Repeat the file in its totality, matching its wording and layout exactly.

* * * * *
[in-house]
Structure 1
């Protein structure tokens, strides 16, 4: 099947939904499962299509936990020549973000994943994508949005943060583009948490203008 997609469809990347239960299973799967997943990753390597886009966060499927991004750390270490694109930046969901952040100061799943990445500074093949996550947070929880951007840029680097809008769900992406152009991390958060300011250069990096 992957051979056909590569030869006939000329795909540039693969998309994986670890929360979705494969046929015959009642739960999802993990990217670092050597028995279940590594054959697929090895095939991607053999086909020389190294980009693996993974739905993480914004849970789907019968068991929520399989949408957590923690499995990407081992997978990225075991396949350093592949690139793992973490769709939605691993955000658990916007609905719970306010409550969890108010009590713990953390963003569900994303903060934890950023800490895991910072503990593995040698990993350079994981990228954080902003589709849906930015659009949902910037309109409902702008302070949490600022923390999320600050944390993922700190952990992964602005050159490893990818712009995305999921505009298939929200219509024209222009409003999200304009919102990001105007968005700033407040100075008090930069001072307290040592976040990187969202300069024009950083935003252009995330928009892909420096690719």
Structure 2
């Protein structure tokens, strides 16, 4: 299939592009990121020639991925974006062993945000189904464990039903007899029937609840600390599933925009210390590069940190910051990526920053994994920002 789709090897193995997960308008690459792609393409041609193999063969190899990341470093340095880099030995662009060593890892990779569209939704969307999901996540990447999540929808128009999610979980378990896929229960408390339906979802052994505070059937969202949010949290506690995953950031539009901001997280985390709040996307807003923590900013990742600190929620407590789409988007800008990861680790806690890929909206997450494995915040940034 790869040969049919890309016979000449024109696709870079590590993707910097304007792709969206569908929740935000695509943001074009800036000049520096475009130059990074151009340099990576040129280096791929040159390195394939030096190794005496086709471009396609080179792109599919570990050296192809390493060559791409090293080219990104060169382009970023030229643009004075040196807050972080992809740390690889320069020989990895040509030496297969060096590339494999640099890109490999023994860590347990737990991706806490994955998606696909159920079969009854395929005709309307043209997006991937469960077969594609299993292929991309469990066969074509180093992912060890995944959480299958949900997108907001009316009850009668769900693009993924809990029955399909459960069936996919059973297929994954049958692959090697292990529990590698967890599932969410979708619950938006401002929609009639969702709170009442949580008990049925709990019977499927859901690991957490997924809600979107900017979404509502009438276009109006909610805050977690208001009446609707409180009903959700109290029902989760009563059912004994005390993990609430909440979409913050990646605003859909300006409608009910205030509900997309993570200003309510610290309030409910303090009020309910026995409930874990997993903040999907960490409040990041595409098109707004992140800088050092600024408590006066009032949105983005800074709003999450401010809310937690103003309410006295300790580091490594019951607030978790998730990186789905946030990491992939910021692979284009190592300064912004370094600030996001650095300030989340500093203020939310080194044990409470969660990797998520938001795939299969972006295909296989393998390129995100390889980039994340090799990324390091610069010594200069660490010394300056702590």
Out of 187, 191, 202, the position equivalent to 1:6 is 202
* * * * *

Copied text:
[in-house]
Structure 1
């Protein structure tokens, strides 16, 4: 099947939904499962299509936990020549973000994943994508949005943060583009948490203008 997609469809990347239960299973799967997943990753390597886009966060499927991004750390270490694109930046969901952040100061799943990445500074093949996550947070929880951007840029680097809008769900992406152009991390958060300011250069990096 992957051979056909590569030869006939000329795909540039693969998309994986670890929360979705494969046929015959009642739960999802993990990217670092050597028995279940590594054959697929090895095939991607053999086909020389190294980009693996993974739905993480914004849970789907019968068991929520399989949408957590923690499995990407081992997978990225075991396949350093592949690139793992973490769709939605691993955000658990916007609905719970306010409550969890108010009590713990953390963003569900994303903060934890950023800490895991910072503990593995040698990993350079994981990228954080902003589709849906930015659009949902910037309109409902702008302070949490600022923390999320600050944390993922700190952990992964602005050159490893990818712009995305999921505009298939929200219509024209222009409003999200304009919102990001105007968005700033407040100075008090930069001072307290040592976040990187969202300069024009950083935003252009995330928009892909420096690719």
Structure 2
């Protein structure tokens, strides 16, 4: 299939592009990121020639991925974006062993945000189904464990039903007899029937609840600390599933925009210390590069940190910051990526920053994994920002 789709090897193995997960308008690459792609393409041609193999063969190899990341470093340095880099030995662009060593890892990779569209939704969307999901996540990447999540929808128009999610979980378990896929229960408390339906979802052994505070059937969202949010949290506690995953950031539009901001997280985390709040996307807003923590900013990742600190929620407590789409988007800008990861680790806690890929909206997450494995915040940034 790869040969049919890309016979000449024109696709870079590590993707910097304007792709969206569908929740935000695509943001074009800036000049520096475009130059990074151009340099990576040129280096791929040159390195394939030096190794005496086709471009396609080179792109599919570990050296192809390493060559791409090293080219990104060169382009970023030229643009004075040196807050972080992809740390690889320069020989990895040509030496297969060096590339494999640099890109490999023994860590347990737990991706806490994955998606696909159920079969009854395929005709309307043209997006991937469960077969594609299993292929991309469990066969074509180093992912060890995944959480299958949900997108907001009316009850009668769900693009993924809990029955399909459960069936996919059973297929994954049958692959090697292990529990590698967890599932969410979708619950938006401002929609009639969702709170009442949580008990049925709990019977499927859901690991957490997924809600979107900017979404509502009438276009109006909610805050977690208001009446609707409180009903959700109290029902989760009563059912004994005390993990609430909440979409913050990646605003859909300006409608009910205030509900997309993570200003309510610290309030409910303090009020309910026995409930874990997993903040999907960490409040990041595409098109707004992140800088050092600024408590006066009032949105983005800074709003999450401010809310937690103003309410006295300790580091490594019951607030978790998730990186789905946030990491992939910021692979284009190592300064912004370094600030996001650095300030989340500093203020939310080194044990409470969660990797998520938001795939299969972006295909296989393998390129995100390889980039994340090799990324390091610069010594200069660490010394300056702590």
Out of 187, 191, 202, the position equivalent to 1:6 is 202